Aishwarya Nagar took a leap of faith as a senior in high school when she was deciding where she wanted to attend college.
In her hometown of New Delhi, India, she was surrounded by peers who had known exactly what they wanted to do with their lives since 10th grade.
Nagar knew she wanted to study biology but longed for a liberal arts education that would allow her to explore her other passions as well. Without ever having toured the campus, she hopped on a cross-continental flight to her new home of Wake Forest University in 2012.
Fast forward four and a half years, and she is now a member of the Wake Forest Fellows, a mentorship program for recent graduates that allows them to work for a year as full-time administrative staff. She is the first Wake Downtown fellow, working to assist the development and implementation of the biomedical sciences and engineering curriculum in the Innovation Quarter.
She originally applied to several fellow positions in offices such as Campus Life and the Provost’s Office but recognized an opportunity that better aligned with her interests in the new Wake Downtown position.
“It was a right place, right time situation,” Nagar said. “Wake Downtown ended up needing a fellow, because determining the logistics and launching the program needed more helping hands than originally anticipated. I couldn’t refuse the opportunity to marry my interests in STEM and collaborative programming.”
Aishwarya works directly under Rebecca Alexander, the director of academic planning for Wake Downtown, as well as Samantha Perrotta, event and project manager in the Office of the Provost.
Aishwarya described her typical days as chaotic and full of activity.
“I go where I’m needed, so I don’t have much of a routine,” she said. “Overall, my tasks revolve around increasing engagement with students and faculty and creating awareness of all that’s happening with Wake Downtown. I also facilitate connections with the medical school. Basically, I’m helping to plan for everything that determines whether the building will be open in time.”
Aishwarya’s work includes a wide range of recent projects, from running social media to organizing a furniture showroom to coordinating the transportation of equipment for labs moving downtown, ensuring incubators or deep freezers are being moved at the right time and in the right way.
“The big picture has already been decided for the most part, and some people are working on the real nitty-gritty, so I get to work right in the middle of the two,” she said.
“I never know what will be next. In one meeting I might be with the construction team, electricians and project managers. But I also have leadership lunches with individuals like Provost Rogan Kersh and hop on hard-hat tours of Wake Downtown alongside people like President Nathan Hatch and Donna Boswell.”
“From joining our team in July, Ash has been a key component in all of our logistics conversations, from coordinating the move to furniture and equipment procurement to creating a true Wake Forest experience at Wake Downtown,” said Perrotta, Aishwarya’s supervisor in the Office of the Provost. “That is the place we are in now — getting ready for the first day of classes on Jan. 10, which means a lot of detailed, focused work.”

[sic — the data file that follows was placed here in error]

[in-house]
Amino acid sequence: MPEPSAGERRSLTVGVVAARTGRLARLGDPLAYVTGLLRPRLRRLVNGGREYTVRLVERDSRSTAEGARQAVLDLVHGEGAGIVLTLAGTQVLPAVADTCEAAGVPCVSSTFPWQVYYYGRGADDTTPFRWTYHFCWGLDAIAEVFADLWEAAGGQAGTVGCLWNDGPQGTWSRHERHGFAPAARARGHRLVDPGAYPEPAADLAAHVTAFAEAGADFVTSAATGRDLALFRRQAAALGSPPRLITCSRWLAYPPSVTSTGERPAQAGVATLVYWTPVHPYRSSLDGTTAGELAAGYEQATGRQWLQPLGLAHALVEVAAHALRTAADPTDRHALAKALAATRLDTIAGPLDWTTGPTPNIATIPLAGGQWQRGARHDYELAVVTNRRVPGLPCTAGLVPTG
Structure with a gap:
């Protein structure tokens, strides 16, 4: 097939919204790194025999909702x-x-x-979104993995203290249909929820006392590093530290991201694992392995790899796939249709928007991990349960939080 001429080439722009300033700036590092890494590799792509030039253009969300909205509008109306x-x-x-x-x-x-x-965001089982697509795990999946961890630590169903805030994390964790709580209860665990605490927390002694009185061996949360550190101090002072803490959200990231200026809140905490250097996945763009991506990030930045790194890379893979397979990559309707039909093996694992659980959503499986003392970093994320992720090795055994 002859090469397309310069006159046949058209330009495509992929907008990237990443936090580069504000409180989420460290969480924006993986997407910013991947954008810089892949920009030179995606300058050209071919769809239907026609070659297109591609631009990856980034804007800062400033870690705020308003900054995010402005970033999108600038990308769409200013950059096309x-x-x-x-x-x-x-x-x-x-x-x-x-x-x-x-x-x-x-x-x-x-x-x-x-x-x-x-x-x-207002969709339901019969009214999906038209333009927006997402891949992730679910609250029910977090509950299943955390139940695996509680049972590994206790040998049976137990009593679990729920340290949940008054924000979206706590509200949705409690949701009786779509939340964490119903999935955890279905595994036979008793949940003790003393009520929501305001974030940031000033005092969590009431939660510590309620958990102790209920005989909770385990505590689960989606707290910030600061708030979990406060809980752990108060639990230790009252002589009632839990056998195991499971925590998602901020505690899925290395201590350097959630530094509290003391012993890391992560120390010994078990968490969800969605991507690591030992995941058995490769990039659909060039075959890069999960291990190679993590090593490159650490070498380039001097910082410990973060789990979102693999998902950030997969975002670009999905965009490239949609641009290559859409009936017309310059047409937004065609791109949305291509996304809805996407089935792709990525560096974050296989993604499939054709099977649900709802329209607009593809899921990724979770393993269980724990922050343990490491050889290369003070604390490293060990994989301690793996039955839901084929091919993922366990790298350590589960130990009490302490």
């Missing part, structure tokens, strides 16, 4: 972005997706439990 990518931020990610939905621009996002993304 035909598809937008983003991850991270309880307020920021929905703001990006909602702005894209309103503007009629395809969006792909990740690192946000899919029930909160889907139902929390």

“Aishwarya does so much for us,” said Alexander, who is in charge of the academic side of planning for classes downtown. “She is constantly going back and forth from the Innovation Quarter to campus — she has to have a desk in both places.”
Aishwarya said that her work so far has been “ridiculously collaborative,” with decisions constantly made through a process of people bouncing ideas off of each other. She added that her job now, primarily focused on preparation for next semester, will be entirely different from her work next semester when Wake Forest classes actually begin downtown.
“I’ll almost have two entirely different jobs,” she said. “In the spring, my focus will shift to branding, programming and outreach.”
Aishwarya often visited downtown as an undergrad, frequenting Camino Bakery as a study spot and doing research in Innovation Quarter over the summer, as well as participating in numerous service projects with downtown nonprofits.
Aishwarya said that she hopes that taking classes in the Innovation Quarter will allow students to expand their horizons beyond the “Wake Forest bubble.”
“Once I became emotionally invested in Winston-Salem, it completely changed my Wake Forest experience,” she said. “It contextualizes where your position is with regard to the larger community of which you are a part. The bubble is so real, and Wake Downtown is an opportunity to get outside of it.”
“I would love to see this program lead to an emotional attachment to the community from Wake students and greater engagement with community service in downtown Winston-Salem.”
Aishwarya said that she believes the university’s decision to expand downtown is a positive one.
“It’s going to benefit a lot of people on campus, especially STEM students with a strong interest in engineering, medicinal chemistry or molecular biology,” she said. “I took organic chemistry lab in Salem, and I was touching elbows with my partner the whole time. It was incredibly uncomfortable spending hours in that dark room. Now, students will have massive open windows with an excellent view of downtown and upgraded facilities. It’s going to be so beautiful.”